Seventeen-year-old Delaney Moran is trying to make it on her own but panic attacks threaten to undermine her independence. Luella, a determined social worker, and Murray, the owner of a music store, want to help her but in doing so, they uncover a secret from her past.
My Writing Blog
There has been so much confusion and misinformation about COVID-19 vaccination eligibility and availability in our area. Of the five W’s, only the “what” and “why” have been answered. It’s the “who,” “where” and “when” that remain elusive. My 90-year-old father is in generally good health, both mentally and physically, except for his diabetes. He […]
Remember being a young child in the days leading up to Valentine’s Day? You may have decorated a brown paper lunch bag with bold red hearts that you’d carefully cut out of construction paper with your safety scissors. The bag would be taped to the front edge of your desk—a hopeful receptacle for the 30 […]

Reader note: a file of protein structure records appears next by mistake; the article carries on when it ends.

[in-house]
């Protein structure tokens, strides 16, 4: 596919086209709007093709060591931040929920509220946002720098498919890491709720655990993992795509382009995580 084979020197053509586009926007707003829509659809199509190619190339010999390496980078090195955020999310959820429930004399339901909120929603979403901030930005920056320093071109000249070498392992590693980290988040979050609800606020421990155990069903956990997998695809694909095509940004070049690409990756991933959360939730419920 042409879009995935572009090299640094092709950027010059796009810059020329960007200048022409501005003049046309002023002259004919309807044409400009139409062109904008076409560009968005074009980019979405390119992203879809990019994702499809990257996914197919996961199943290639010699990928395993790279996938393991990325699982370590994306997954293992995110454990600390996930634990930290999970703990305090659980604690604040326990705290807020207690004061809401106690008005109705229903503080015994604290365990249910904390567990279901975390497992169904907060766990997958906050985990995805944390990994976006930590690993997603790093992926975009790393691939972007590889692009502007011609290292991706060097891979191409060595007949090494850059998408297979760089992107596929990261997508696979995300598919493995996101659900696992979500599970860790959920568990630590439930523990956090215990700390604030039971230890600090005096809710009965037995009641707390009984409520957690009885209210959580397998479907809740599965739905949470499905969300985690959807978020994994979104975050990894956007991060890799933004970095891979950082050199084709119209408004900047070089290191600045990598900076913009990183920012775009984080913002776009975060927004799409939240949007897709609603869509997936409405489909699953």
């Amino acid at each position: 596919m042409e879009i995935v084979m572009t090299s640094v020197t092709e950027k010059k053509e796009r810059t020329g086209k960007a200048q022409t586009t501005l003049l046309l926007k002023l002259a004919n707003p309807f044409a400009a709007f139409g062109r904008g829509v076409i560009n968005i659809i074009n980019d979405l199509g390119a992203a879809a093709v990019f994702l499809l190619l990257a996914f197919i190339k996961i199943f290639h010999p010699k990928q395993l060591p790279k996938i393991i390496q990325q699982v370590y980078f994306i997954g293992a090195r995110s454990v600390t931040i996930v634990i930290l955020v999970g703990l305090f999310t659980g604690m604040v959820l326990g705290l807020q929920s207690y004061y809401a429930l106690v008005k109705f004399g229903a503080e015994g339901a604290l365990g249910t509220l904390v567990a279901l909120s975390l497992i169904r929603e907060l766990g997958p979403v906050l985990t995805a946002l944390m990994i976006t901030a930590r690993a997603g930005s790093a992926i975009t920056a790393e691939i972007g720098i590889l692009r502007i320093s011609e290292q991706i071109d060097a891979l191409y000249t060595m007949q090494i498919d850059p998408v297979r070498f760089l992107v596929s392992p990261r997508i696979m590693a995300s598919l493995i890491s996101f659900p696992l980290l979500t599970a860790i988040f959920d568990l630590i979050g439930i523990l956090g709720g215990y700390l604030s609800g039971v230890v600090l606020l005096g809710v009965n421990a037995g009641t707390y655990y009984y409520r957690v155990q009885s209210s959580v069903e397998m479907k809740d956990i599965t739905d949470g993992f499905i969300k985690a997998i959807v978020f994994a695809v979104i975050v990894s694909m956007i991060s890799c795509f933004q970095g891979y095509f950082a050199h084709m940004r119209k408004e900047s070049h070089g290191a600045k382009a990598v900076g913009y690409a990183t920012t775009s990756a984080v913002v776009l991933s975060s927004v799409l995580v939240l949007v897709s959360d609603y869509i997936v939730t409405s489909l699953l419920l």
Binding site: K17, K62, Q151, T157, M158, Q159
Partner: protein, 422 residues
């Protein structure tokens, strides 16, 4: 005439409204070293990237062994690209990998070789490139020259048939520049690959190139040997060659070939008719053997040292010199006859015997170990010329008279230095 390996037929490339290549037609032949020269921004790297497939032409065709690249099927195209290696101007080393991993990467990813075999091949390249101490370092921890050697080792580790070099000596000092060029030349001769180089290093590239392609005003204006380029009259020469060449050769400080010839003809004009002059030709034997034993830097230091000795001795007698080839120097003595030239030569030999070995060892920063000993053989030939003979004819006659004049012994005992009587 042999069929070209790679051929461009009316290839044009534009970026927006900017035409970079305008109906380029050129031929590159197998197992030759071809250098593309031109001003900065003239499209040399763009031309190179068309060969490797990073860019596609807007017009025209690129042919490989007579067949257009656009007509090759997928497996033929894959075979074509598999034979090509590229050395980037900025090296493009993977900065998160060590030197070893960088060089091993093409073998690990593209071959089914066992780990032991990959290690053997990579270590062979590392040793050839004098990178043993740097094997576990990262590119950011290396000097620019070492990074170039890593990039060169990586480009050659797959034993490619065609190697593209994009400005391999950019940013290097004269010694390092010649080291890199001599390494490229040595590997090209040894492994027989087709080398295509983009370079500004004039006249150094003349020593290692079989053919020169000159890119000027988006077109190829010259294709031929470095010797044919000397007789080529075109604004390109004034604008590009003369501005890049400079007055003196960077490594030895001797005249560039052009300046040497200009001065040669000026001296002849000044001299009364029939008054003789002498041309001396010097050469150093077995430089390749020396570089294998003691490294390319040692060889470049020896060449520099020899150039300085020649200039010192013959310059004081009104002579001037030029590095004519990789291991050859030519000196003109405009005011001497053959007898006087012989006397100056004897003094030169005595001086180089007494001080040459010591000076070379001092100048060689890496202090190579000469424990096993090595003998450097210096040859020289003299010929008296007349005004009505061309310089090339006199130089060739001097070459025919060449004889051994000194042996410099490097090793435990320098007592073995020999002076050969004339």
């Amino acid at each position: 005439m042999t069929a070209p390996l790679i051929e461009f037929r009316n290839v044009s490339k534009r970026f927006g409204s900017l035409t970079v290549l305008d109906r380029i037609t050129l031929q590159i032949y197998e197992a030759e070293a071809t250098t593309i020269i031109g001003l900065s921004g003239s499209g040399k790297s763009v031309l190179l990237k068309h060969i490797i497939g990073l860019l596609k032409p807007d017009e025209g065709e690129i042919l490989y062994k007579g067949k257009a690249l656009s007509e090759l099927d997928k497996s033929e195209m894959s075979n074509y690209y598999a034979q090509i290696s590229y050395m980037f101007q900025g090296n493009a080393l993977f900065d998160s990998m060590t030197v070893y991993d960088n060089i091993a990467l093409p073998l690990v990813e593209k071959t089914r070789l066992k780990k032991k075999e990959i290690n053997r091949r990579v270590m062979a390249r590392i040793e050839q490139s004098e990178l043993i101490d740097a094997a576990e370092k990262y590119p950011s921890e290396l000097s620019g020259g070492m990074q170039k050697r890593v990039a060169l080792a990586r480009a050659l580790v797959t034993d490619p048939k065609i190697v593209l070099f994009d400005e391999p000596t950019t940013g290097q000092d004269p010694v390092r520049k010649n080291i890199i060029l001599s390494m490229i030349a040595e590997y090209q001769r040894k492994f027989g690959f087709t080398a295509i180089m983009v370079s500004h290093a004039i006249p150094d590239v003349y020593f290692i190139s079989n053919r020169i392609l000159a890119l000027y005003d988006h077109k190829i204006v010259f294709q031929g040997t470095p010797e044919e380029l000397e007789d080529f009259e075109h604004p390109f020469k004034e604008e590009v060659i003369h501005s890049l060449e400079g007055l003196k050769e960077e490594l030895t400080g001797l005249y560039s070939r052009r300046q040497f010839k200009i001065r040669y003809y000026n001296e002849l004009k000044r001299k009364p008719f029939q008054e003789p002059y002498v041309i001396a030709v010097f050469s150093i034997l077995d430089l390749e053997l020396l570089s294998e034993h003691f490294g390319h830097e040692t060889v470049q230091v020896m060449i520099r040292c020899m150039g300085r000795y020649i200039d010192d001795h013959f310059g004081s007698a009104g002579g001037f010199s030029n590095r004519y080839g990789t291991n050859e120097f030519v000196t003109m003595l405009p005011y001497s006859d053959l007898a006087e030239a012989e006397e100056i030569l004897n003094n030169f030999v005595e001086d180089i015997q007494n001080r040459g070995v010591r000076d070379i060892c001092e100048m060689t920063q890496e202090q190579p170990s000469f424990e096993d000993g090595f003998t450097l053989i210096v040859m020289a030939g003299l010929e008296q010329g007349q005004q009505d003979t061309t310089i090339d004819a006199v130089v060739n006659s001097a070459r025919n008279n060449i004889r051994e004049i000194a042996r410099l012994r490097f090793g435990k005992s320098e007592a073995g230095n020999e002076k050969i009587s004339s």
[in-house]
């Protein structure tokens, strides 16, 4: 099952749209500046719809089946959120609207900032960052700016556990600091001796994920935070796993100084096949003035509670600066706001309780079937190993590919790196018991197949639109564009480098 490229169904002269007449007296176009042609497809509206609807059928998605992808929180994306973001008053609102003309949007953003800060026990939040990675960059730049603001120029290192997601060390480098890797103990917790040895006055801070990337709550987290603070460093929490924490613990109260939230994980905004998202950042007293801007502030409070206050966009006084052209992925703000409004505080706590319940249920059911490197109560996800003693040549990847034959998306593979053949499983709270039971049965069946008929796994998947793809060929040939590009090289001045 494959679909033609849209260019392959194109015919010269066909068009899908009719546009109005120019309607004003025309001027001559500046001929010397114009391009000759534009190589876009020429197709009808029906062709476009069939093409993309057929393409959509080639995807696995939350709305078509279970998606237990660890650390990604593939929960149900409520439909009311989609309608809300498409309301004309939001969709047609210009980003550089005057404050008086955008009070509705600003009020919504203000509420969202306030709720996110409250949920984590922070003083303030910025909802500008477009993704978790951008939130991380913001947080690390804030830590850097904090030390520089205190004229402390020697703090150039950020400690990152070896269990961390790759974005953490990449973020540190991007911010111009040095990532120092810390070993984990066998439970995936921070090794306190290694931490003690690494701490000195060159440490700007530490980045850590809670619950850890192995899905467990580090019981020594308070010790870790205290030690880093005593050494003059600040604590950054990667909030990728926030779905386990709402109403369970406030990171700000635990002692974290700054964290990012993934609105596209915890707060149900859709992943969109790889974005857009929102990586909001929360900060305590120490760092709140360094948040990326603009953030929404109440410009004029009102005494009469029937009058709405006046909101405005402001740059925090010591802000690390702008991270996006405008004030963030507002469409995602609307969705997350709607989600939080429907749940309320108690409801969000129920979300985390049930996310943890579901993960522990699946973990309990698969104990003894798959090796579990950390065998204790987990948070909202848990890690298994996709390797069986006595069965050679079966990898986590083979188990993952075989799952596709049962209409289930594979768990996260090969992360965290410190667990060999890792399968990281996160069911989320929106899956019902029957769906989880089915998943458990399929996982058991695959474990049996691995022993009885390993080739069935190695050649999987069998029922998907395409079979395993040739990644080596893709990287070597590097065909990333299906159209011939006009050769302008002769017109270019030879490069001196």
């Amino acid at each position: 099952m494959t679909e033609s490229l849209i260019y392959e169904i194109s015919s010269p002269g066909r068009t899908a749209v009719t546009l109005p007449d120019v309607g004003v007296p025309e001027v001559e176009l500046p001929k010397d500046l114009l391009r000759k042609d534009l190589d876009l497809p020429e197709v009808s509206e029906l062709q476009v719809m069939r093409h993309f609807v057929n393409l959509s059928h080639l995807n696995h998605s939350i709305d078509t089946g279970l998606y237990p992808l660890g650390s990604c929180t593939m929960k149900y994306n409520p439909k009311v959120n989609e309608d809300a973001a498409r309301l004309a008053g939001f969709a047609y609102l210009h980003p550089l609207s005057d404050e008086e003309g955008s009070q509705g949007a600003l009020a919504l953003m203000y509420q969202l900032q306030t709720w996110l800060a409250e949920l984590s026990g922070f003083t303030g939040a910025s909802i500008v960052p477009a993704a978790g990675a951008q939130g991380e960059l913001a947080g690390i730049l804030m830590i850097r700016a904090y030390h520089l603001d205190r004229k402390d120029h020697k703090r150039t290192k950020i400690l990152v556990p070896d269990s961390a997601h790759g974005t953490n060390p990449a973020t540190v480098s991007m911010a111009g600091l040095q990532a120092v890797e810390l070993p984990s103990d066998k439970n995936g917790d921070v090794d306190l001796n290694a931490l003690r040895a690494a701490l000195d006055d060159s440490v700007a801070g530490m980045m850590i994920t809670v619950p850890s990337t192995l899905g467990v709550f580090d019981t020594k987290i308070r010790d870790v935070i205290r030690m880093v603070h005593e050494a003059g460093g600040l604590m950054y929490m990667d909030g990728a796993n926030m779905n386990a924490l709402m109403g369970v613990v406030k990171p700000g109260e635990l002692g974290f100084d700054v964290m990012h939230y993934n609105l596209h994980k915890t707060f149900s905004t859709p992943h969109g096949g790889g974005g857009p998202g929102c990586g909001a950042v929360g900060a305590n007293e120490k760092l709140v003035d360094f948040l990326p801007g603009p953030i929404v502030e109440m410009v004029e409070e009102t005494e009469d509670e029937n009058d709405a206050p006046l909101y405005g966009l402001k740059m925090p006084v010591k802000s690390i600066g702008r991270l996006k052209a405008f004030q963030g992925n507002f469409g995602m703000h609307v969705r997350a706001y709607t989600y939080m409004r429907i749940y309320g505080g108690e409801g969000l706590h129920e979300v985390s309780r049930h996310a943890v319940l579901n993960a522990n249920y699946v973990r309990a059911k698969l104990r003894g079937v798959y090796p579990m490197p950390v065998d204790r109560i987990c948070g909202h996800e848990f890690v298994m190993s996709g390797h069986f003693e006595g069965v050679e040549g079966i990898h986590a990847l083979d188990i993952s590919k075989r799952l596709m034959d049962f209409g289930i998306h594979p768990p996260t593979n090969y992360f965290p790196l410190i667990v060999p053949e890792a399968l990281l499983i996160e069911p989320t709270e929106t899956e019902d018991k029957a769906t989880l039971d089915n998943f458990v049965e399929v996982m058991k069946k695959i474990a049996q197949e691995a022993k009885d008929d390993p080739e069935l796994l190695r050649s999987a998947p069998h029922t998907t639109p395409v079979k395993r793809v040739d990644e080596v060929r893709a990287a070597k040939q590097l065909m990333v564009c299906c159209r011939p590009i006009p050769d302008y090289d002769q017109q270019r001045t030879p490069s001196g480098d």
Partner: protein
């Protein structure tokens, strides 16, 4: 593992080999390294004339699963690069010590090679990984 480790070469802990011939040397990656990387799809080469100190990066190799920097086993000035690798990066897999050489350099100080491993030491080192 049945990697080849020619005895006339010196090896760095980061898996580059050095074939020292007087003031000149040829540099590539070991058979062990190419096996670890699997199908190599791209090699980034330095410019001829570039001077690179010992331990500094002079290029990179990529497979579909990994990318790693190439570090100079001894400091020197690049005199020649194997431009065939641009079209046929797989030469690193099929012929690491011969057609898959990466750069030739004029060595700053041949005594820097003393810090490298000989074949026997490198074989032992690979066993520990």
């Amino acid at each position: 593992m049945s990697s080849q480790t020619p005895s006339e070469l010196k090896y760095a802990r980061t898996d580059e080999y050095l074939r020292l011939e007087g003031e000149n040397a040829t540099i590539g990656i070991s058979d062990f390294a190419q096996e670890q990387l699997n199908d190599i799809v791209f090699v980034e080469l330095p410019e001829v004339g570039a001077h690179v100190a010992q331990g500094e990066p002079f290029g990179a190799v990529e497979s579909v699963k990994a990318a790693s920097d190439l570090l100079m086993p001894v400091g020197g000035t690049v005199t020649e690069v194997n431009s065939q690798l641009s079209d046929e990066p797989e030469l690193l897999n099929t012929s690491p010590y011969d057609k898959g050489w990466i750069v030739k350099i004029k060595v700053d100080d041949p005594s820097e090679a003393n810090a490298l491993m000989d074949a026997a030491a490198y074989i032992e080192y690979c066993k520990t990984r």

To borrow a couple of lines from Amanda Gorman’s striking inaugural poem The Hill We Climb: It’s because being American is more than a pride we inherit, it’s the past we step into and how we repair it I’d only recently become aware of the conversation around capitalizing the “b” in the word “black” in […]
Thoughts on Fishing
My junior high school English teacher asked each of her students to find a poem and bring it to class. Flipping through the pages of my parents’ Viking Book of Poetry, I settled on “The Fish” by Elizabeth Bishop. In exquisite detail, she portrays an ancient, grandfatherly fish that could fight no more. Old hooks and pieces of line were embedded in his jaw but what I remember most was the sadness and surrender she described in his eyes as she held him half out of the water alongside the boat, before letting him go. Her poem resonated with me in an almost visceral way because I’d often gone fishing alone or with my father.